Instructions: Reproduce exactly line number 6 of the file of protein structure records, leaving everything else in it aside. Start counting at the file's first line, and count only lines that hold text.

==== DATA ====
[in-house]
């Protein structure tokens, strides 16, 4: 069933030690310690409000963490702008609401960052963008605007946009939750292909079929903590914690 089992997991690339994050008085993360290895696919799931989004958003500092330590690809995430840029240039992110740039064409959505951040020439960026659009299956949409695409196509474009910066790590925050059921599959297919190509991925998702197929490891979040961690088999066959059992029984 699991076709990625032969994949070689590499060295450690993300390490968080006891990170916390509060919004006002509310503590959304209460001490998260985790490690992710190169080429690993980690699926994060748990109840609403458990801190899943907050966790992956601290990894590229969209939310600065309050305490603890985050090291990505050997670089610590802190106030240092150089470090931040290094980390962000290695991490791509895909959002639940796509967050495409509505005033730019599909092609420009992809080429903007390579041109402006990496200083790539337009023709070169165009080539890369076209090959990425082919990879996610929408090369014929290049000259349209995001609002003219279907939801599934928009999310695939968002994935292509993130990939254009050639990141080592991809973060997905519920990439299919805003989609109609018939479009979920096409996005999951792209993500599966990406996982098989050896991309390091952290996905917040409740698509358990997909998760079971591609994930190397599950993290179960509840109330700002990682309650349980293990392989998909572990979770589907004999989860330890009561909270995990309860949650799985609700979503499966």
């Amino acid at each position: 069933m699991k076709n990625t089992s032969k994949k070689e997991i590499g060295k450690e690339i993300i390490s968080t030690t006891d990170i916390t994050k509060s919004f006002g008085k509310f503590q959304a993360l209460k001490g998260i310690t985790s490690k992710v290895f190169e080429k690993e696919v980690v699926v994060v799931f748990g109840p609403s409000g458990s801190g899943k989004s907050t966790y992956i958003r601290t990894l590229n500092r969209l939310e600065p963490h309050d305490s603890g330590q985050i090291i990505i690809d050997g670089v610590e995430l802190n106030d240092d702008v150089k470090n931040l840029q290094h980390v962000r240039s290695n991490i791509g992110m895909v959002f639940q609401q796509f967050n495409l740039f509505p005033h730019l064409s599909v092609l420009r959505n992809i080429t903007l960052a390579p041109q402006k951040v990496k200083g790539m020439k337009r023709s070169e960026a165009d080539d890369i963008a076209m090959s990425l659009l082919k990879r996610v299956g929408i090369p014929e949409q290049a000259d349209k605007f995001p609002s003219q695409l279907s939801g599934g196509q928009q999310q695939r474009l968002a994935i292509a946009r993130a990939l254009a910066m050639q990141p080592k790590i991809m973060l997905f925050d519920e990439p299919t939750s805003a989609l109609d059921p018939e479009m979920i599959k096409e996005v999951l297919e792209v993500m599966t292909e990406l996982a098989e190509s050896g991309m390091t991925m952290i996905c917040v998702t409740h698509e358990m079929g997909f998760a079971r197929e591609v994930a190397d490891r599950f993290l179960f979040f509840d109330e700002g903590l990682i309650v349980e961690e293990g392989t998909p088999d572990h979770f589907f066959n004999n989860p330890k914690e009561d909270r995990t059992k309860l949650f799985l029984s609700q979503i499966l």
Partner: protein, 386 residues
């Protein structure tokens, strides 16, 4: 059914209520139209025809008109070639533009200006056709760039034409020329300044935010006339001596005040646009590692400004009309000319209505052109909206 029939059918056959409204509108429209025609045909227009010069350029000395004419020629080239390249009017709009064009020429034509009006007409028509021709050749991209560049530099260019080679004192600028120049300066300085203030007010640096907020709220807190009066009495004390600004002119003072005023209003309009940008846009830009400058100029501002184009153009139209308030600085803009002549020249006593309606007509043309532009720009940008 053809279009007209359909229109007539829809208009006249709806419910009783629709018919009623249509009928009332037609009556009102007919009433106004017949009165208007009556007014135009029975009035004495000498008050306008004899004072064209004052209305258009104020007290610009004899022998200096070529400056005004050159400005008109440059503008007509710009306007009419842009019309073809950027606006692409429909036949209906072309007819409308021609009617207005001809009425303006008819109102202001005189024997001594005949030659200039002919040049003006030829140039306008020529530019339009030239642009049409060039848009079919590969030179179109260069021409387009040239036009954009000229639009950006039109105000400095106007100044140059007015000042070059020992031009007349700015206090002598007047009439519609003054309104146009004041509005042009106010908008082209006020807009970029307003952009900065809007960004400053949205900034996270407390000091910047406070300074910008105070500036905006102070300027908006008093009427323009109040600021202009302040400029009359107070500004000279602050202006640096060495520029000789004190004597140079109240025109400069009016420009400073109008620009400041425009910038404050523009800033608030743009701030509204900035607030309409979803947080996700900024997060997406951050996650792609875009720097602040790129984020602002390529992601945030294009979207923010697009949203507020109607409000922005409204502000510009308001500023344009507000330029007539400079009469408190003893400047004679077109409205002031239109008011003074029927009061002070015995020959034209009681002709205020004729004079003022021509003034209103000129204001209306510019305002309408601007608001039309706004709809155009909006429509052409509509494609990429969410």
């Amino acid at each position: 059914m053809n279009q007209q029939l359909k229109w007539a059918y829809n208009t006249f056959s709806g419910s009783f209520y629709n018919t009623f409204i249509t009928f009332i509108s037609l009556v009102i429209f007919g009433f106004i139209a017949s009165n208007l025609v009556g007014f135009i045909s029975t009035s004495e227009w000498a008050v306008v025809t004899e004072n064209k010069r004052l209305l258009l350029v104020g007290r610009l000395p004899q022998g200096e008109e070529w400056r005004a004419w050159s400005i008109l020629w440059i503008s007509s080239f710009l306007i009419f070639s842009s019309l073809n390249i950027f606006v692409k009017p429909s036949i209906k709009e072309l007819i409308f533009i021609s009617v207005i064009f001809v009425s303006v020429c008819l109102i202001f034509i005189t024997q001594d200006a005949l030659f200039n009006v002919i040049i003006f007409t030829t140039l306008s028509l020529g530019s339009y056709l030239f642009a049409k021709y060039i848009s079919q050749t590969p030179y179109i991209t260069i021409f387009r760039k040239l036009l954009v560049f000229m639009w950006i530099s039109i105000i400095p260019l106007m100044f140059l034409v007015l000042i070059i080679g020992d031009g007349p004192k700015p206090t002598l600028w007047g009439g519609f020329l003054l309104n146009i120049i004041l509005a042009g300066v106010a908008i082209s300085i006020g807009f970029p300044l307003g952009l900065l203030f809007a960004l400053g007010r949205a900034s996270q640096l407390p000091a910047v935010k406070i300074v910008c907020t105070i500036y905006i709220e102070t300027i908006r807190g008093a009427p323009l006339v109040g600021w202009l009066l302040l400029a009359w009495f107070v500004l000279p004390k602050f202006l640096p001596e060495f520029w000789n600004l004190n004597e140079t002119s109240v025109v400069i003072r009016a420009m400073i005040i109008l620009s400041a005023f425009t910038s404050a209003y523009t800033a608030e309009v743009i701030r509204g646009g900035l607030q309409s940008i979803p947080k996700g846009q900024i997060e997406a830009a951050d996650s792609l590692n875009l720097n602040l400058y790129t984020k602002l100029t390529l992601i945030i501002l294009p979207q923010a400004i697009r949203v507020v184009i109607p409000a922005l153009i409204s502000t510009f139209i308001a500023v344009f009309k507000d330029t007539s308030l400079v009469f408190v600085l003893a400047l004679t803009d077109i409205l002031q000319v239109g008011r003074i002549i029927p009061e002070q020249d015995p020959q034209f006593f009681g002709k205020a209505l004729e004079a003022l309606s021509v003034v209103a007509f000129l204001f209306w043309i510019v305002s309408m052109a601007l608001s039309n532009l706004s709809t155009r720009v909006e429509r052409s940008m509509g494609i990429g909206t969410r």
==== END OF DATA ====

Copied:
């Amino acid at each position: 059914m053809n279009q007209q029939l359909k229109w007539a059918y829809n208009t006249f056959s709806g419910s009783f209520y629709n018919t009623f409204i249509t009928f009332i509108s037609l009556v009102i429209f007919g009433f106004i139209a017949s009165n208007l025609v009556g007014f135009i045909s029975t009035s004495e227009w000498a008050v306008v025809t004899e004072n064209k010069r004052l209305l258009l350029v104020g007290r610009l000395p004899q022998g200096e008109e070529w400056r005004a004419w050159s400005i008109l020629w440059i503008s007509s080239f710009l306007i009419f070639s842009s019309l073809n390249i950027f606006v692409k009017p429909s036949i209906k709009e072309l007819i409308f533009i021609s009617v207005i064009f001809v009425s303006v020429c008819l109102i202001f034509i005189t024997q001594d200006a005949l030659f200039n009006v002919i040049i003006f007409t030829t140039l306008s028509l020529g530019s339009y056709l030239f642009a049409k021709y060039i848009s079919q050749t590969p030179y179109i991209t260069i021409f387009r760039k040239l036009l954009v560049f000229m639009w950006i530099s039109i105000i400095p260019l106007m100044f140059l034409v007015l000042i070059i080679g020992d031009g007349p004192k700015p206090t002598l600028w007047g009439g519609f020329l003054l309104n146009i120049i004041l509005a042009g300066v106010a908008i082209s300085i006020g807009f970029p300044l307003g952009l900065l203030f809007a960004l400053g007010r949205a900034s996270q640096l407390p000091a910047v935010k406070i300074v910008c907020t105070i500036y905006i709220e102070t300027i908006r807190g008093a009427p323009l006339v109040g600021w202009l009066l302040l400029a009359w009495f107070v500004l000279p004390k602050f202006l640096p001596e060495f520029w000789n600004l004190n004597e140079t002119s109240v025109v400069i003072r009016a420009m400073i005040i109008l620009s400041a005023f425009t910038s404050a209003y523009t800033a608030e309009v743009i701030r509204g646009g900035l607030q309409s940008i979803p947080k996700g846009q900024i997060e997406a830009a951050d996650s792609l590692n875009l720097n602040l400058y790129t984020k602002l100029t390529l992601i945030i501002l294009p979207q923010a400004i697009r949203v507020v184009i109607p409000a922005l153009i409204s502000t510009f139209i308001a500023v344009f009309k507000d330029t007539s308030l400079v009469f408190v600085l003893a400047l004679t803009d077109i409205l002031q000319v239109g008011r003074i002549i029927p009061e002070q020249d015995p020959q034209f006593f009681g002709k205020a209505l004729e004079a003022l309606s021509v003034v209103a007509f000129l204001f209306w043309i510019v305002s309408m052109a601007l608001s039309n532009l706004s709809t155009r720009v909006e429509r052409s940008m509509g494609i990429g909206t969410r």